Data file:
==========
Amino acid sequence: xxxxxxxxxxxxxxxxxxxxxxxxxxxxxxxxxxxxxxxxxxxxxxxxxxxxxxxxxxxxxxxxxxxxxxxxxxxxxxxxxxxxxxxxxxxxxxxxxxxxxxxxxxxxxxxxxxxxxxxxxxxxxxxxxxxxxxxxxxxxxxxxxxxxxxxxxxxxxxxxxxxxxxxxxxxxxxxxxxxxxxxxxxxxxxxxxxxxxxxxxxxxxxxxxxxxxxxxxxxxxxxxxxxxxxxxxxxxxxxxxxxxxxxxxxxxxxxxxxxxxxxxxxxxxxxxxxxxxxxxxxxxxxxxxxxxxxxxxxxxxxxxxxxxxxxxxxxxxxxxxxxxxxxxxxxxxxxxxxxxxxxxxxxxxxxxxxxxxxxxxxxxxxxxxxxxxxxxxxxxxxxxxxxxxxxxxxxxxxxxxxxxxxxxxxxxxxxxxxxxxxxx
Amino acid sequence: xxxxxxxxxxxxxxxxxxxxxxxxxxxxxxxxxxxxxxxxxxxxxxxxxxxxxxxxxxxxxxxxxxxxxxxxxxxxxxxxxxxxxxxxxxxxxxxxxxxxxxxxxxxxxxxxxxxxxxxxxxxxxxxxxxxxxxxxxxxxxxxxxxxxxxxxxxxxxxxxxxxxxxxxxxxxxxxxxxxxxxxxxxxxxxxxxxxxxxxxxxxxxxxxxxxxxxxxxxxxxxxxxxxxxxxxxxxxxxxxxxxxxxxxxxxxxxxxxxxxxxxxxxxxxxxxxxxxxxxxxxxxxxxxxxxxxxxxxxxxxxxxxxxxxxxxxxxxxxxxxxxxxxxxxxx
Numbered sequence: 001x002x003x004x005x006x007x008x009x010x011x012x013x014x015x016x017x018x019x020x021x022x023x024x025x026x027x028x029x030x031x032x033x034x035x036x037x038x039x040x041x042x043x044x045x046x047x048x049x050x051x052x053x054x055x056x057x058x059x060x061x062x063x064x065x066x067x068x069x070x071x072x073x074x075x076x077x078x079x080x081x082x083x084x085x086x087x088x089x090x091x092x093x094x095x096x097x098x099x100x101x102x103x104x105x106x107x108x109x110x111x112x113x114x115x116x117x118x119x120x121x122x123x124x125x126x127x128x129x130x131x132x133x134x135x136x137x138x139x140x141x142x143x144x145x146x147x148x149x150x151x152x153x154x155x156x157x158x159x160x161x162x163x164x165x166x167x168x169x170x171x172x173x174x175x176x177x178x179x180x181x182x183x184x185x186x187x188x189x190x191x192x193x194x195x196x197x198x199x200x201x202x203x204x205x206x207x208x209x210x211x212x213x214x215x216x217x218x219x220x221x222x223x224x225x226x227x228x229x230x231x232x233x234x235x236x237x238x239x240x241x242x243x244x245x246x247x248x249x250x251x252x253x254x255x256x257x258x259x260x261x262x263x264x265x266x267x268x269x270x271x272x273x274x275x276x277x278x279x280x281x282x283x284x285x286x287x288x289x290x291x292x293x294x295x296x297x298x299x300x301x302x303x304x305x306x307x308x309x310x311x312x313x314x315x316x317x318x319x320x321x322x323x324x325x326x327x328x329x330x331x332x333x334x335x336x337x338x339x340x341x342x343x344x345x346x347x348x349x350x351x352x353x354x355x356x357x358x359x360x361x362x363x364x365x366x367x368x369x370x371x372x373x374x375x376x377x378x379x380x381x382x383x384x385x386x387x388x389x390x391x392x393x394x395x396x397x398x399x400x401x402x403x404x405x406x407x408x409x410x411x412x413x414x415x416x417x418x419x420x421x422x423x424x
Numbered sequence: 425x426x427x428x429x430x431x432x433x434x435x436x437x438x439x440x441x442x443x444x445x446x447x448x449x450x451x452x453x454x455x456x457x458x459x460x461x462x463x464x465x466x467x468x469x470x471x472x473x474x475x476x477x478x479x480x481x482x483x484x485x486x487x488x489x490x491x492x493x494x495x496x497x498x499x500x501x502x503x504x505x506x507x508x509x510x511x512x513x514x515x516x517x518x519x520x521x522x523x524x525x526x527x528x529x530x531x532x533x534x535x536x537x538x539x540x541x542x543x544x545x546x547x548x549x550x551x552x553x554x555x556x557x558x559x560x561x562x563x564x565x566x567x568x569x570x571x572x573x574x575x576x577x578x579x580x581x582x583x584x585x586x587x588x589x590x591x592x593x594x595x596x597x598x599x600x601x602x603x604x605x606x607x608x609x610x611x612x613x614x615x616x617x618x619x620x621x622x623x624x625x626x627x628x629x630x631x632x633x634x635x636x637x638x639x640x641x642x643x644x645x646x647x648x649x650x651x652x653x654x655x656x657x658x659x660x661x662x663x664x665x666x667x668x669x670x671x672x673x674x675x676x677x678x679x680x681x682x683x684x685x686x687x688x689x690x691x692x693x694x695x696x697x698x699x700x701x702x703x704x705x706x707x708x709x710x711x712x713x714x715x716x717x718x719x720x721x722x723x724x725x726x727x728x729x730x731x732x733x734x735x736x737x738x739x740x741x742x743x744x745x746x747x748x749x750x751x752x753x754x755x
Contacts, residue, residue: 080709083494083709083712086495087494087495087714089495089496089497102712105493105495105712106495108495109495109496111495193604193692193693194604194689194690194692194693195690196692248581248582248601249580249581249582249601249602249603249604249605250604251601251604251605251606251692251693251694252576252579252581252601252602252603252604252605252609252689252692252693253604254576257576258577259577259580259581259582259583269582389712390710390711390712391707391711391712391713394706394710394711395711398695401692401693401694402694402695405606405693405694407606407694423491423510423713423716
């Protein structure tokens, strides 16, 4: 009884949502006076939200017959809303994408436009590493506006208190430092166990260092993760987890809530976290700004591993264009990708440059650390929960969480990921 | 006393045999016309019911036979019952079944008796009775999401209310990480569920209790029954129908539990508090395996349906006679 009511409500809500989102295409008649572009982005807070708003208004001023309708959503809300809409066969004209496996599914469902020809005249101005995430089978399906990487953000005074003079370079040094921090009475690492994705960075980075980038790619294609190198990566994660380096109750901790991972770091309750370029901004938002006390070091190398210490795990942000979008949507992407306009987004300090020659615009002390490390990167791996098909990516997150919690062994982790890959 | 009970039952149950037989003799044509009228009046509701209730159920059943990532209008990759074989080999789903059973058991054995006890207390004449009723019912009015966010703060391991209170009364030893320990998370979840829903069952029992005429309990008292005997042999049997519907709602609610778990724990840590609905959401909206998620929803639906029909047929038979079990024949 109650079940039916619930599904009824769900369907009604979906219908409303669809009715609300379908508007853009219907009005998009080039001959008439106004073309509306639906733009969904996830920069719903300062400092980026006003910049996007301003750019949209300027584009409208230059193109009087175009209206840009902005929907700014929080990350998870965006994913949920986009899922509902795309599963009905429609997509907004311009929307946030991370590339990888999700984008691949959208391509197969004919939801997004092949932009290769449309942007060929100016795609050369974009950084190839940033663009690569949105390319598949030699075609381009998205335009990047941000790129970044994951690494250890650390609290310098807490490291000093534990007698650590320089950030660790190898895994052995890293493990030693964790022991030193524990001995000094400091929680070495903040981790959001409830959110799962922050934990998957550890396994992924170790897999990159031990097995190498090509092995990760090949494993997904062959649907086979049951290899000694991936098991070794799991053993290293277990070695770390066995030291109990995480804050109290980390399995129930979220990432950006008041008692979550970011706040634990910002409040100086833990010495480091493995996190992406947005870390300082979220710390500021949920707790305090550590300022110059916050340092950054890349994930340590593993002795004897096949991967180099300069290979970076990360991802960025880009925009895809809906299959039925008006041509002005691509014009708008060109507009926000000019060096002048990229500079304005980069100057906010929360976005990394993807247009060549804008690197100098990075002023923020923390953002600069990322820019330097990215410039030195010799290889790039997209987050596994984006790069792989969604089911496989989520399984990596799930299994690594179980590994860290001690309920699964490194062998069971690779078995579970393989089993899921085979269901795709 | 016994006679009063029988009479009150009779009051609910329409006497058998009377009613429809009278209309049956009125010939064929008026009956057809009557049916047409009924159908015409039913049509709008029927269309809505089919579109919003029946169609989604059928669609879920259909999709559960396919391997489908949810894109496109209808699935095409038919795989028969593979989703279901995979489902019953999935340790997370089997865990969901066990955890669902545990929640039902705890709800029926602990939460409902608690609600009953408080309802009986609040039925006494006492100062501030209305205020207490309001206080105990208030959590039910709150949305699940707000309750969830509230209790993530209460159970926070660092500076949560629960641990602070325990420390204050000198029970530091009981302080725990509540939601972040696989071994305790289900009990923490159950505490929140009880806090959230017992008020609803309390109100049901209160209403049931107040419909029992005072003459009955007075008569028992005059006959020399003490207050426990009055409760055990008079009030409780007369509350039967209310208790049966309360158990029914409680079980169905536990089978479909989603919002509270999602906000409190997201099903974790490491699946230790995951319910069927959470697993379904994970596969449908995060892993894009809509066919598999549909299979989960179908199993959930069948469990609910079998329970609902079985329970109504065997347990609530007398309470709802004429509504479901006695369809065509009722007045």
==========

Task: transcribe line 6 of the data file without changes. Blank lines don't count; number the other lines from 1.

């Protein structure tokens, strides 16, 4: 009884949502006076939200017959809303994408436009590493506006208190430092166990260092993760987890809530976290700004591993264009990708440059650390929960969480990921 | 006393045999016309019911036979019952079944008796009775999401209310990480569920209790029954129908539990508090395996349906006679 009511409500809500989102295409008649572009982005807070708003208004001023309708959503809300809409066969004209496996599914469902020809005249101005995430089978399906990487953000005074003079370079040094921090009475690492994705960075980075980038790619294609190198990566994660380096109750901790991972770091309750370029901004938002006390070091190398210490795990942000979008949507992407306009987004300090020659615009002390490390990167791996098909990516997150919690062994982790890959 | 009970039952149950037989003799044509009228009046509701209730159920059943990532209008990759074989080999789903059973058991054995006890207390004449009723019912009015966010703060391991209170009364030893320990998370979840829903069952029992005429309990008292005997042999049997519907709602609610778990724990840590609905959401909206998620929803639906029909047929038979079990024949 109650079940039916619930599904009824769900369907009604979906219908409303669809009715609300379908508007853009219907009005998009080039001959008439106004073309509306639906733009969904996830920069719903300062400092980026006003910049996007301003750019949209300027584009409208230059193109009087175009209206840009902005929907700014929080990350998870965006994913949920986009899922509902795309599963009905429609997509907004311009929307946030991370590339990888999700984008691949959208391509197969004919939801997004092949932009290769449309942007060929100016795609050369974009950084190839940033663009690569949105390319598949030699075609381009998205335009990047941000790129970044994951690494250890650390609290310098807490490291000093534990007698650590320089950030660790190898895994052995890293493990030693964790022991030193524990001995000094400091929680070495903040981790959001409830959110799962922050934990998957550890396994992924170790897999990159031990097995190498090509092995990760090949494993997904062959649907086979049951290899000694991936098991070794799991053993290293277990070695770390066995030291109990995480804050109290980390399995129930979220990432950006008041008692979550970011706040634990910002409040100086833990010495480091493995996190992406947005870390300082979220710390500021949920707790305090550590300022110059916050340092950054890349994930340590593993002795004897096949991967180099300069290979970076990360991802960025880009925009895809809906299959039925008006041509002005691509014009708008060109507009926000000019060096002048990229500079304005980069100057906010929360976005990394993807247009060549804008690197100098990075002023923020923390953002600069990322820019330097990215410039030195010799290889790039997209987050596994984006790069792989969604089911496989989520399984990596799930299994690594179980590994860290001690309920699964490194062998069971690779078995579970393989089993899921085979269901795709 | 016994006679009063029988009479009150009779009051609910329409006497058998009377009613429809009278209309049956009125010939064929008026009956057809009557049916047409009924159908015409039913049509709008029927269309809505089919579109919003029946169609989604059928669609879920259909999709559960396919391997489908949810894109496109209808699935095409038919795989028969593979989703279901995979489902019953999935340790997370089997865990969901066990955890669902545990929640039902705890709800029926602990939460409902608690609600009953408080309802009986609040039925006494006492100062501030209305205020207490309001206080105990208030959590039910709150949305699940707000309750969830509230209790993530209460159970926070660092500076949560629960641990602070325990420390204050000198029970530091009981302080725990509540939601972040696989071994305790289900009990923490159950505490929140009880806090959230017992008020609803309390109100049901209160209403049931107040419909029992005072003459009955007075008569028992005059006959020399003490207050426990009055409760055990008079009030409780007369509350039967209310208790049966309360158990029914409680079980169905536990089978479909989603919002509270999602906000409190997201099903974790490491699946230790995951319910069927959470697993379904994970596969449908995060892993894009809509066919598999549909299979989960179908199993959930069948469990609910079998329970609902079985329970109504065997347990609530007398309470709802004429509504479901006695369809065509009722007045």